One thing I think it means is that God (the Father to whom he addresses the statement) does not intend him (Jesus) to be a human scapegoat. That the murder of Christ was not supposed to happen, it was evil overtaking good (until the resurrection). I also think it means that humans don't understand their sinful nature, their separation from God...they can't really ever totally know how horrible their sins truly are because they don't know what it's like to be one with God. At the same time, of course those who killed him KNEW what they were doing was horrible and hideous.

That's what I am trying to say. The church doesn't totally understand Jesus or his life, because it's not easy to understand. It wasn't meant to be easy to understand. NOt because Jesus wanted to be's almost like the things Jesus conveys have like shifting dimensions, shifting layers...that's the only way I can explain it.

Statement Analysis Blog said...

Anonymous said...
I don't think the church has Jesus all figured out.

Jesus spoke in parables, because the things he was trying to convey were meant to be mysterious and puzzled over and seen from many angles--there are many layers of depth to

Two problems:

1. This goes against our principle of Statement Analysis: the subject's intention to communicate is presupposed

2. Jesus, Himself, said why He spoke in parables, which makes the Anonymous statement a little bit more interesting! It is complex, but it is intended for two specific audiences with designed purpose.

Pop Quiz:

Can anyone report why Jesus spoke in parables?


PS: Anonymous, interesting post.

others: respectful discussion!


tania cadogan said...

If Jesus existed and he was crucified as claimed, why are there no roman records given that he was the Jewish messiah?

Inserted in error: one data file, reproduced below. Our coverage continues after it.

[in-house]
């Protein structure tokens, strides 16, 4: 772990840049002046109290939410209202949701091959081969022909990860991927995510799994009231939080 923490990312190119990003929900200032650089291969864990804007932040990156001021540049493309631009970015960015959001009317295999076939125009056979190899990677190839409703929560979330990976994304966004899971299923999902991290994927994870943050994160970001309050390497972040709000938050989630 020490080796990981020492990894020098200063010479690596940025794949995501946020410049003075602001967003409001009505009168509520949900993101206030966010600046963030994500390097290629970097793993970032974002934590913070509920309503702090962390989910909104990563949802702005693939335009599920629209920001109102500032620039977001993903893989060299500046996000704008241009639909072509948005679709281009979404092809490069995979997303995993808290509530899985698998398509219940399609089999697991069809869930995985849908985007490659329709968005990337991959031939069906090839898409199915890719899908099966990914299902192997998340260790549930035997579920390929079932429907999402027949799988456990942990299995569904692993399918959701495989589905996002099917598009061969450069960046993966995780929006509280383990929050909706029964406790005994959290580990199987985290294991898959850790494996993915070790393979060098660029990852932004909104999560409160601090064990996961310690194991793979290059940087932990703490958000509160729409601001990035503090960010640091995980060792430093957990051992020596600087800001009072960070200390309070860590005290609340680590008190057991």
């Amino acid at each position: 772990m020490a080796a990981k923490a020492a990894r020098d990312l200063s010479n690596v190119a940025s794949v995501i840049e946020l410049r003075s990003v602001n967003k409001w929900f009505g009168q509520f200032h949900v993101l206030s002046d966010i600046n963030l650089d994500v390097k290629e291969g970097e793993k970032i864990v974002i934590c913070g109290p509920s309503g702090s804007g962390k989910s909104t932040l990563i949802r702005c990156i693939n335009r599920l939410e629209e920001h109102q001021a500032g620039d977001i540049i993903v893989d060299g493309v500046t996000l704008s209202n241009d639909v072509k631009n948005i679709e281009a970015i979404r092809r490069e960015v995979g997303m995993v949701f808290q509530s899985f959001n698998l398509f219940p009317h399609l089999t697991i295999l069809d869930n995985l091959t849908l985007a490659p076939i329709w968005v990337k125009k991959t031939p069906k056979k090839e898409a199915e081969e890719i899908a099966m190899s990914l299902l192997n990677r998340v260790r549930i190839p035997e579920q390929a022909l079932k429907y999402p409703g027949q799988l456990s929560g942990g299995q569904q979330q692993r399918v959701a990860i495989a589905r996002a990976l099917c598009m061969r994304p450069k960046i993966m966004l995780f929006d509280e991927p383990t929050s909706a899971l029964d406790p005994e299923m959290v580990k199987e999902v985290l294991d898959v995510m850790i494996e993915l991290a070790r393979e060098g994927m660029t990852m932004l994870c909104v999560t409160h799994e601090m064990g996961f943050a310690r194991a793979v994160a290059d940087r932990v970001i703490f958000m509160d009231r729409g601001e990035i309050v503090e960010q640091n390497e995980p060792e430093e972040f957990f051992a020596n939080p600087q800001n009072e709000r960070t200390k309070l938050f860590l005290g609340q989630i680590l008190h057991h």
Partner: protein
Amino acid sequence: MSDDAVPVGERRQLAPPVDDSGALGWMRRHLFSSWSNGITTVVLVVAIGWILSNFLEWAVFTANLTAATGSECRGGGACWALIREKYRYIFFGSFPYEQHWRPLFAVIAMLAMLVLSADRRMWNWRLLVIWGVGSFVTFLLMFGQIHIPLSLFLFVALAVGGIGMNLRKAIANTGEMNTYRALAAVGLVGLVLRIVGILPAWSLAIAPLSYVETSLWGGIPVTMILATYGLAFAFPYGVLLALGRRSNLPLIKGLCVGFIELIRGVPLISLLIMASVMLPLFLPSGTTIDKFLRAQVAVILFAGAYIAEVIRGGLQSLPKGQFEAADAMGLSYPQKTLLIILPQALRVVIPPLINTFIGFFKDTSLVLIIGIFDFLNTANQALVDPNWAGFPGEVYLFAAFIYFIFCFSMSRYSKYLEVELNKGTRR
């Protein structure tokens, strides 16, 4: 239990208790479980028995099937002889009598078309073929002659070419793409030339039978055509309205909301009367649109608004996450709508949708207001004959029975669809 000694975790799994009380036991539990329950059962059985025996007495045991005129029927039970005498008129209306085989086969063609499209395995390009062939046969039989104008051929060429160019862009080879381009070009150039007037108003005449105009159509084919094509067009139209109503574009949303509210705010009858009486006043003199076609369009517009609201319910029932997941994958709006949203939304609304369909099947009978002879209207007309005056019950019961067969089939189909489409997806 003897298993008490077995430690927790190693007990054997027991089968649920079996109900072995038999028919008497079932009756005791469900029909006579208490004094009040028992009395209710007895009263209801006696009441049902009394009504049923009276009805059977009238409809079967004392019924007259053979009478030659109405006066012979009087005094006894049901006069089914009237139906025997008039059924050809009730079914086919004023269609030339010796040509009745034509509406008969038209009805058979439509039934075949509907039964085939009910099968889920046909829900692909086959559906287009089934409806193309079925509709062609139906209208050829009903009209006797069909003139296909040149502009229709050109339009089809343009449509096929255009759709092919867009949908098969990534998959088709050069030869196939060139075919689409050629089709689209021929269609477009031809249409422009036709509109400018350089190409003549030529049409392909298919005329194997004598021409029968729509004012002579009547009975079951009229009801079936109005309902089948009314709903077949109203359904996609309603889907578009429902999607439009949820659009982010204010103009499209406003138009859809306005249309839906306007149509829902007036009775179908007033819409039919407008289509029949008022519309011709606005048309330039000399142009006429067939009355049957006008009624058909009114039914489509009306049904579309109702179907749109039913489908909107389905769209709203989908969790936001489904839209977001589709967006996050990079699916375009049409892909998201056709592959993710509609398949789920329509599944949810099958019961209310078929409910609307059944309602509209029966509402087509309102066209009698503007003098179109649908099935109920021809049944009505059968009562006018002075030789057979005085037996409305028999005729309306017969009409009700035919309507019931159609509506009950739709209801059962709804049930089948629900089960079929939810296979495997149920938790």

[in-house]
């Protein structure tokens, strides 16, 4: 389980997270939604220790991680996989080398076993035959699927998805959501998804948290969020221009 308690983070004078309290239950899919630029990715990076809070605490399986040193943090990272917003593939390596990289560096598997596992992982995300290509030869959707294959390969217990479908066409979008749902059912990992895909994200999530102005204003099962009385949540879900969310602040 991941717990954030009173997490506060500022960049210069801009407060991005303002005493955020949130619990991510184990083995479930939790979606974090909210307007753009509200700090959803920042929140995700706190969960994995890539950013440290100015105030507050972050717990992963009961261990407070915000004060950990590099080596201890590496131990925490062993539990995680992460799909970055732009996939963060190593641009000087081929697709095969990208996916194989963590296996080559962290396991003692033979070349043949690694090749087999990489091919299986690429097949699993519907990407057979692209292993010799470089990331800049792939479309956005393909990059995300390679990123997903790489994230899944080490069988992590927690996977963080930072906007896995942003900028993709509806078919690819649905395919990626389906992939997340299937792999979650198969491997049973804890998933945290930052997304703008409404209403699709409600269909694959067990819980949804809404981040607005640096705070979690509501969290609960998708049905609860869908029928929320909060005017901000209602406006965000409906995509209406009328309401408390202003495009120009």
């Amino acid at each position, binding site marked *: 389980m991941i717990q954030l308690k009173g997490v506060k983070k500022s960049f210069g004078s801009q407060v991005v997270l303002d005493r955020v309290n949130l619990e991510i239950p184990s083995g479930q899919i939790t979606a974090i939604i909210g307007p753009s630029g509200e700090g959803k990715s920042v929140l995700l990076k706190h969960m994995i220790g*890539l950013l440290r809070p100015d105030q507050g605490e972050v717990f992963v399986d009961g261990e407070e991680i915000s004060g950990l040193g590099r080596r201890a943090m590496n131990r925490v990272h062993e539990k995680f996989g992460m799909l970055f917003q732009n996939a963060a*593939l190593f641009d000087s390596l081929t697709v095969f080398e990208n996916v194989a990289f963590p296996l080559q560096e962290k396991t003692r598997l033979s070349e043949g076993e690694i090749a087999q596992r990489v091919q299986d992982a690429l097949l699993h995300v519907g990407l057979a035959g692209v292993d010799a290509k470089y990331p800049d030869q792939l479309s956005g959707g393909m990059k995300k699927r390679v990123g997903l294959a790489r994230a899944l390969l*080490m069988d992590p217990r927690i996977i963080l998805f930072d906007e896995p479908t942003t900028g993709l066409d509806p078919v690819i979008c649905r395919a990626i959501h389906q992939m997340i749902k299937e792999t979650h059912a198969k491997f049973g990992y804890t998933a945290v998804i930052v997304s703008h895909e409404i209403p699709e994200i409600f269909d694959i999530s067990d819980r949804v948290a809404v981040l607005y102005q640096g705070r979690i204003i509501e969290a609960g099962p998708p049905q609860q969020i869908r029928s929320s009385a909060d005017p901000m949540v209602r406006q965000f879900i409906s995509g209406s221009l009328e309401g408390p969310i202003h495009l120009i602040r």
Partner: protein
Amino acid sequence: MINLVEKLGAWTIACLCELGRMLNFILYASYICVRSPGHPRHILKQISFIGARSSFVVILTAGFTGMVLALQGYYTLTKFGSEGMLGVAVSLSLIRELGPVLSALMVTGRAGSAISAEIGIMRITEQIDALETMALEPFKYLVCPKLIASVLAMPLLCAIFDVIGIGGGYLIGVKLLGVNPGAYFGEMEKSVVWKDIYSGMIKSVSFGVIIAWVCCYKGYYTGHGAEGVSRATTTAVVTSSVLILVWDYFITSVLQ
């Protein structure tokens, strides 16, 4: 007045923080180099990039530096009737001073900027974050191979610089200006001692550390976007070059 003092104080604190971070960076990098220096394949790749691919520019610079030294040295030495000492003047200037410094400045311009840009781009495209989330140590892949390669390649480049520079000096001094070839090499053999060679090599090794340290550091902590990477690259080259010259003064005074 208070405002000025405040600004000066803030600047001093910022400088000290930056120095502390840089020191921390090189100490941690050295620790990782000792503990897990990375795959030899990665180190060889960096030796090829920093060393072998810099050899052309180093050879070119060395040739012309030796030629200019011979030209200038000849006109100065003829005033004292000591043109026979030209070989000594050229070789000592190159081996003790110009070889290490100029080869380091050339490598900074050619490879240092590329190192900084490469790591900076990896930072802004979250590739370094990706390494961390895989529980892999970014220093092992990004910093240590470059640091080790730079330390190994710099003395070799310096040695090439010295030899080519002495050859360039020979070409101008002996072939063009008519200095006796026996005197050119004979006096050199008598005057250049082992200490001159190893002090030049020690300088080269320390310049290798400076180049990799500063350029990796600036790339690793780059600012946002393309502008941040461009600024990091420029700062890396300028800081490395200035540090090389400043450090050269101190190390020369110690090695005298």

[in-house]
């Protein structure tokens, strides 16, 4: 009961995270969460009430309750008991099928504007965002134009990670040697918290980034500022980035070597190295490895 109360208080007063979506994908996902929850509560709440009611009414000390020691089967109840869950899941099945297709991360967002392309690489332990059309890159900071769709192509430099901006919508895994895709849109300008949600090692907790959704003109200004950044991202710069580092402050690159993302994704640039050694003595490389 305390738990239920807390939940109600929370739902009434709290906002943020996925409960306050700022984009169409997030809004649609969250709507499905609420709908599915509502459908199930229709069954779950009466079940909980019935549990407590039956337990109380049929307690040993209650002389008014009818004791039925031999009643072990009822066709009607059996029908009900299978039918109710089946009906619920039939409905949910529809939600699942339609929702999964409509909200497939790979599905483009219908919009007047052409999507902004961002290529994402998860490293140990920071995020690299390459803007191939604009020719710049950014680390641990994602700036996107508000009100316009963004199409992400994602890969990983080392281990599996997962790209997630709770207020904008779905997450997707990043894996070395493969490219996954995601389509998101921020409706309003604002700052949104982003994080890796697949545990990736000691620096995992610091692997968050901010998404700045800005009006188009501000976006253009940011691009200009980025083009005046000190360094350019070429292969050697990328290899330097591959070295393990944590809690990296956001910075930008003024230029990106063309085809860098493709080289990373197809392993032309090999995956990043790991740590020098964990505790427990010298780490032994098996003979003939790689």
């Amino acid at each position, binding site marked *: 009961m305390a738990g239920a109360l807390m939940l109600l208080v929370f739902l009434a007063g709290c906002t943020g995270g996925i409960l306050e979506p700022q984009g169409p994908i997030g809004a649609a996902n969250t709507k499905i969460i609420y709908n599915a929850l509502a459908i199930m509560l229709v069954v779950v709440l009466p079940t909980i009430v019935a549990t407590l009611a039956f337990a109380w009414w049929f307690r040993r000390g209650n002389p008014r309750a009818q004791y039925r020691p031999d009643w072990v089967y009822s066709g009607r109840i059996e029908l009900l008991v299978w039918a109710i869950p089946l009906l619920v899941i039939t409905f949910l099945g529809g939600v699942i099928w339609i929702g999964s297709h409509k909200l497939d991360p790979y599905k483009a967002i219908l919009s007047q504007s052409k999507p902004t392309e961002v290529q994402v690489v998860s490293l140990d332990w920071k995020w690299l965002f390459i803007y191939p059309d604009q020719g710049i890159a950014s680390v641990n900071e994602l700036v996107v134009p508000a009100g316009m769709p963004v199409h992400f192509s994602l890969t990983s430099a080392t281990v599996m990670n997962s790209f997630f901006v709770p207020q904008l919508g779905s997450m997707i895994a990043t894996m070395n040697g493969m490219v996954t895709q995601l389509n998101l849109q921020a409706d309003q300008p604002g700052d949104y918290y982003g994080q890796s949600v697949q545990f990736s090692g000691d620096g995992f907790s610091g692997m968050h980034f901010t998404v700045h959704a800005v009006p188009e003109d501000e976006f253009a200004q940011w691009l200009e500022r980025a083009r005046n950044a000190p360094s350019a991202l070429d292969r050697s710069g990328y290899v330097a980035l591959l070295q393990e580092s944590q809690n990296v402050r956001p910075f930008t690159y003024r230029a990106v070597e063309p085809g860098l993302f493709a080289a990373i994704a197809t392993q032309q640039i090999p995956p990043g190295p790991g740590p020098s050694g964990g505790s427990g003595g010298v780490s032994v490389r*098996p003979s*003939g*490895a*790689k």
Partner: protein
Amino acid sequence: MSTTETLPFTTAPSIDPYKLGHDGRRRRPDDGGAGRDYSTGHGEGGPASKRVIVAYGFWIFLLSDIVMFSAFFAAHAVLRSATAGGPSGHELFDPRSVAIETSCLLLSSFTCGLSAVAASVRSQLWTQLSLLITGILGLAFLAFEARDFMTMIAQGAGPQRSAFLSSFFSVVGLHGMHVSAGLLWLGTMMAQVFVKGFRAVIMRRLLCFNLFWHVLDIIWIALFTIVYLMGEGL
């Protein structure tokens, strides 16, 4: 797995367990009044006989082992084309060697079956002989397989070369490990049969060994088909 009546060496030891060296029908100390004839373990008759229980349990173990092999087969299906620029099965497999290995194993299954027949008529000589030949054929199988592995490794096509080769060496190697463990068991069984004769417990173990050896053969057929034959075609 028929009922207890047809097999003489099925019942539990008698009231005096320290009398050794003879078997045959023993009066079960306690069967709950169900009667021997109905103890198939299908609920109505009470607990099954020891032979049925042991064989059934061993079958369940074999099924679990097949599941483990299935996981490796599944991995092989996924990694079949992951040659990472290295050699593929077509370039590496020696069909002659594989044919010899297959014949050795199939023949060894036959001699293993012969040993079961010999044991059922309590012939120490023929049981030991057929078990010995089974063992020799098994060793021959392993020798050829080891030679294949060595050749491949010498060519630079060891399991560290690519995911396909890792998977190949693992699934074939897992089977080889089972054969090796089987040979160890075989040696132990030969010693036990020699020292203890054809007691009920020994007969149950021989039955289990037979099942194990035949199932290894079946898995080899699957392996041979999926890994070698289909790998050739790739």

*Do you really want to ask why something does not exist?**

That is your first mistake. In analysis, we do not deal with the infinite number of answers of that which does not exist.

Your second mistake is more obvious: false assertion.

This speaks to personal bias whereas a little bit of research would have kept you from such assertion, but as to asking a question in the negative, I can't help you on that one. You once claimed the Bible was "filled with errors" of "those pesky number 3's" of which not only fails to understand Mark McClish' research, and Scriptural record itself, but also seeks to use Statement Analysis for personal bias, attempting to make a principle fit a narrative. A major "no no" in analysis.

You do not have to hold to faith regarding Jesus to avoid error here. You just need research and the self awareness to recognize what happens when we attempt to twist analysis to fit opinion.

Professional analysts let the truth guide us. They step back, they lose 'investment', they just 'don't care', but accept truth.

With bias comes failure in analysis. You'd struggle terribly with Avinoam Sapir's Linguistic Archeology which is tough to grasp anyway, but if you go into it with bias, you'll miss the many treasures that await you.

I would not want that to happen to our favorite Hobnob!

Consider my own personal belief system and my analysis of the Amanda Blackburn case as an example. I was aware of how analysis would give license to some to ridicule to Christianity, itself, but the truth is the truth and we let it "fall upon us", breaking us, rather than us trying to break it.


Anonymous said...

ha! i was just thinking that according to the same logic, Santa Claus has been written about so much, that he must be real.